The main pillars of today's cryptocurrency industry, stablecoins and DeFi, pose a threat to the world's central banks, according to the head of the Innovation Center at the Bank for International Settlements (BIS).
Decentralized finance is a set of cryptographic products that replicate many common services in traditional finance, such as loans, but replace banks and other centralized financial institutions with lines of code.
“Central banks have a job to do – provide price stability and financial stability – and they must maintain their ability to do so. The central bank's digital coins will take years to be released, while stablecoins and cryptographic assets are already here,” said the head of the BIS Innovation Center. “That makes it even more urgent to get started,” he added.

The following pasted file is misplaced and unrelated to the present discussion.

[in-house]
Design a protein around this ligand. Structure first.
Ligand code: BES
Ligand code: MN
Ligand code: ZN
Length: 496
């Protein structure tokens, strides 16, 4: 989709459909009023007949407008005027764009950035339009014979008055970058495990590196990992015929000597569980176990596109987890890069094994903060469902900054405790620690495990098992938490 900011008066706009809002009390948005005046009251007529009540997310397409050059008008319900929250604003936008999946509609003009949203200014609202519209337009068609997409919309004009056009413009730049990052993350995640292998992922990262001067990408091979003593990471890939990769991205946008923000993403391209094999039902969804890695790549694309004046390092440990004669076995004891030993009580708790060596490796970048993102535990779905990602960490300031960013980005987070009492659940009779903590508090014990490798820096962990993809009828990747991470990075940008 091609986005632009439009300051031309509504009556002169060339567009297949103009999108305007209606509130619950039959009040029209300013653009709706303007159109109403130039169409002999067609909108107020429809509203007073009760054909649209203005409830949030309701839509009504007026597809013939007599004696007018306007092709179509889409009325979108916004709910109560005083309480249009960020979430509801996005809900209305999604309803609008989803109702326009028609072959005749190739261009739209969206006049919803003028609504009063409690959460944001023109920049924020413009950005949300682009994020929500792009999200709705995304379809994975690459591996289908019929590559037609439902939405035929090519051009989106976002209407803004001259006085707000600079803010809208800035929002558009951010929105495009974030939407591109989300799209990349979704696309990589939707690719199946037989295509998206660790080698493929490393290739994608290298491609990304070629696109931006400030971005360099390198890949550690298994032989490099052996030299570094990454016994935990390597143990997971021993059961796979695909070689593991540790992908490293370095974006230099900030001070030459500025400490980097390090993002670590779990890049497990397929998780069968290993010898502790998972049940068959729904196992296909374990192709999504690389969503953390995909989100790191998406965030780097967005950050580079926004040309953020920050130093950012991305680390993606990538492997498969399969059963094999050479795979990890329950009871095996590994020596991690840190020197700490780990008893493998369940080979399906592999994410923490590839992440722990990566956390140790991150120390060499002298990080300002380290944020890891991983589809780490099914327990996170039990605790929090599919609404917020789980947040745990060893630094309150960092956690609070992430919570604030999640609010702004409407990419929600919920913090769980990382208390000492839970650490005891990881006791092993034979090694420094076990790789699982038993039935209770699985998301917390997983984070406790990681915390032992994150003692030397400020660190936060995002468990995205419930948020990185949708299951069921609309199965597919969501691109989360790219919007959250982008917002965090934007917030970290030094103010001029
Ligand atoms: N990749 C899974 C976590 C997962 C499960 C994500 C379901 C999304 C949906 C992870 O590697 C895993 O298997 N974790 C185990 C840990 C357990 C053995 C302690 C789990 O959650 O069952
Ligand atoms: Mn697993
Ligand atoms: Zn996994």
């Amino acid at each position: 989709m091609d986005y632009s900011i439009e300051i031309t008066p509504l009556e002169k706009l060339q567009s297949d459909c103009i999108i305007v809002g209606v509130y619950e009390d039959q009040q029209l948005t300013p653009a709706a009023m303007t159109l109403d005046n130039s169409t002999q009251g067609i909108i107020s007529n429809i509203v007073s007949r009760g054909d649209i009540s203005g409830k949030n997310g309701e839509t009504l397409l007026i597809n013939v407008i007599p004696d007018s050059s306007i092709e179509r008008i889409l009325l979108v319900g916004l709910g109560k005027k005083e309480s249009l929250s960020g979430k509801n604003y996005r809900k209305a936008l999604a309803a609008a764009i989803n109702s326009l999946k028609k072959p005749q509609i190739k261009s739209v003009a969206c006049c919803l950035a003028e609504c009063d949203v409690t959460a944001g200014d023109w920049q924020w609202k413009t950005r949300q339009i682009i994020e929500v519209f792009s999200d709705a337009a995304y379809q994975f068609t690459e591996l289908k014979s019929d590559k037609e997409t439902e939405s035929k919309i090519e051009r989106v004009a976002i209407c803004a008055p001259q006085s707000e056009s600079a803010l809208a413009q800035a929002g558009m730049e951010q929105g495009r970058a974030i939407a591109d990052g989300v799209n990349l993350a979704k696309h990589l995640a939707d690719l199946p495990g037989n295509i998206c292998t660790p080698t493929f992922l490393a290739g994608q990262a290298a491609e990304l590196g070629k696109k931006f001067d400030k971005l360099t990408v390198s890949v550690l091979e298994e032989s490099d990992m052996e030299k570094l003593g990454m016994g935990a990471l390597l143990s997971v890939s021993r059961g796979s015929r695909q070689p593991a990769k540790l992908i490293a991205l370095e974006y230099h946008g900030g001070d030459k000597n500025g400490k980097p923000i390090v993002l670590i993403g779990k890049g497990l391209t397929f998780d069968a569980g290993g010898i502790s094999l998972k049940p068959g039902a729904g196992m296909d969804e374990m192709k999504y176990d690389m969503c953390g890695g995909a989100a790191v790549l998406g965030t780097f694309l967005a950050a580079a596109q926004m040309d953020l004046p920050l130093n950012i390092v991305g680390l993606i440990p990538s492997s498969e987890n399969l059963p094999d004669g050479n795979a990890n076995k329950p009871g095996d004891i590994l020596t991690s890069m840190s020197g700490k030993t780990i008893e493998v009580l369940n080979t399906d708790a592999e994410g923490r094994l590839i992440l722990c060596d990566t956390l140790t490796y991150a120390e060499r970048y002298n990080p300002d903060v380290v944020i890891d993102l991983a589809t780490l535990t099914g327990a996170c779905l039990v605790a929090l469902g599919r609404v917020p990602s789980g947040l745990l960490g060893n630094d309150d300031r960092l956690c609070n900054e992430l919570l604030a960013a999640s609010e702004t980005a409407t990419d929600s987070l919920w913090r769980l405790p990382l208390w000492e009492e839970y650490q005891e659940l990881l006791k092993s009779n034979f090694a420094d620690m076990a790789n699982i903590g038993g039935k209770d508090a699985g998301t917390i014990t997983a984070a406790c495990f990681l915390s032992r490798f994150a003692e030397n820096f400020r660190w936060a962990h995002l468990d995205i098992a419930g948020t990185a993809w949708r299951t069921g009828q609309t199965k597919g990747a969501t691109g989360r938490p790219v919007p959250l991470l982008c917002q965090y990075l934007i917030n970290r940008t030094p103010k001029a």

In a report published earlier this year, the BIS said that stablecoins "try to import credibility by being backed in real currencies". The report added that stablecoins "are only as good as the governance behind the pledge of support." However, the head of the Innovation Center believes that global stablecoins, DeFi platforms and big tech companies will challenge the banks' models anyway.
China at the forefront
China is predominantly seen as the world's leading nation when it comes to deploying a central bank digital currency.
China's digital yuan was first proposed in 2017 and entered the pilot phase in April 2020. Since October of last year, the People's Bank of China (PBOC) has sent millions of digital yuan to citizens across the country while testing the project.